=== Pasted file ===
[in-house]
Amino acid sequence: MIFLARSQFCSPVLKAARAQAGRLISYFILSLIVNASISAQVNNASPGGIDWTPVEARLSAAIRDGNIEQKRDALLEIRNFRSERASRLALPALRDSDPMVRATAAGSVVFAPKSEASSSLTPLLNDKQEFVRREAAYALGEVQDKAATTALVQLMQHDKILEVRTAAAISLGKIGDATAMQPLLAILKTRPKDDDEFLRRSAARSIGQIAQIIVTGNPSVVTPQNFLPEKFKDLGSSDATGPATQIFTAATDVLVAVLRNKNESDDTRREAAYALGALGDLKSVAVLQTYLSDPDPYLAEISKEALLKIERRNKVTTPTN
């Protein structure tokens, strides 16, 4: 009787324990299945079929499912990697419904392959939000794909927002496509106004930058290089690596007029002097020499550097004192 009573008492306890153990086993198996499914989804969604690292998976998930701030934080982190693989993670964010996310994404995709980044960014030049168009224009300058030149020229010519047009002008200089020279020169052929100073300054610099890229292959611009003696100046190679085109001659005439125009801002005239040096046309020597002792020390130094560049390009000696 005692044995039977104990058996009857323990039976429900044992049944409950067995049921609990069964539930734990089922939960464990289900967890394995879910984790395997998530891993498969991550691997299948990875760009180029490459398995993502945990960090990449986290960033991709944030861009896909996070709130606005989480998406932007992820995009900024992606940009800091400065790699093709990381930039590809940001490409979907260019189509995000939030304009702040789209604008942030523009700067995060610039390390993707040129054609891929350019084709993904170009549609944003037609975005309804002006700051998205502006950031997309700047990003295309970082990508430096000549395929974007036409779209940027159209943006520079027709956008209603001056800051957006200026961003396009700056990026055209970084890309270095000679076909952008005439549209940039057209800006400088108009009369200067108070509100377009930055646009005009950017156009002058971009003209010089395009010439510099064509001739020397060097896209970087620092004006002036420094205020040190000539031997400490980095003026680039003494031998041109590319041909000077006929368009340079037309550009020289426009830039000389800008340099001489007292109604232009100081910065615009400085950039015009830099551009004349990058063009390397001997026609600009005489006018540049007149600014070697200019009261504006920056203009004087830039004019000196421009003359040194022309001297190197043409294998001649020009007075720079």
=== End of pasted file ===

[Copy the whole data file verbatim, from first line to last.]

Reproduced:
[in-house]
Amino acid sequence: MIFLARSQFCSPVLKAARAQAGRLISYFILSLIVNASISAQVNNASPGGIDWTPVEARLSAAIRDGNIEQKRDALLEIRNFRSERASRLALPALRDSDPMVRATAAGSVVFAPKSEASSSLTPLLNDKQEFVRREAAYALGEVQDKAATTALVQLMQHDKILEVRTAAAISLGKIGDATAMQPLLAILKTRPKDDDEFLRRSAARSIGQIAQIIVTGNPSVVTPQNFLPEKFKDLGSSDATGPATQIFTAATDVLVAVLRNKNESDDTRREAAYALGALGDLKSVAVLQTYLSDPDPYLAEISKEALLKIERRNKVTTPTN
């Protein structure tokens, strides 16, 4: 009787324990299945079929499912990697419904392959939000794909927002496509106004930058290089690596007029002097020499550097004192 009573008492306890153990086993198996499914989804969604690292998976998930701030934080982190693989993670964010996310994404995709980044960014030049168009224009300058030149020229010519047009002008200089020279020169052929100073300054610099890229292959611009003696100046190679085109001659005439125009801002005239040096046309020597002792020390130094560049390009000696 005692044995039977104990058996009857323990039976429900044992049944409950067995049921609990069964539930734990089922939960464990289900967890394995879910984790395997998530891993498969991550691997299948990875760009180029490459398995993502945990960090990449986290960033991709944030861009896909996070709130606005989480998406932007992820995009900024992606940009800091400065790699093709990381930039590809940001490409979907260019189509995000939030304009702040789209604008942030523009700067995060610039390390993707040129054609891929350019084709993904170009549609944003037609975005309804002006700051998205502006950031997309700047990003295309970082990508430096000549395929974007036409779209940027159209943006520079027709956008209603001056800051957006200026961003396009700056990026055209970084890309270095000679076909952008005439549209940039057209800006400088108009009369200067108070509100377009930055646009005009950017156009002058971009003209010089395009010439510099064509001739020397060097896209970087620092004006002036420094205020040190000539031997400490980095003026680039003494031998041109590319041909000077006929368009340079037309550009020289426009830039000389800008340099001489007292109604232009100081910065615009400085950039015009830099551009004349990058063009390397001997026609600009005489006018540049007149600014070697200019009261504006920056203009004087830039004019000196421009003359040194022309001297190197043409294998001649020009007075720079």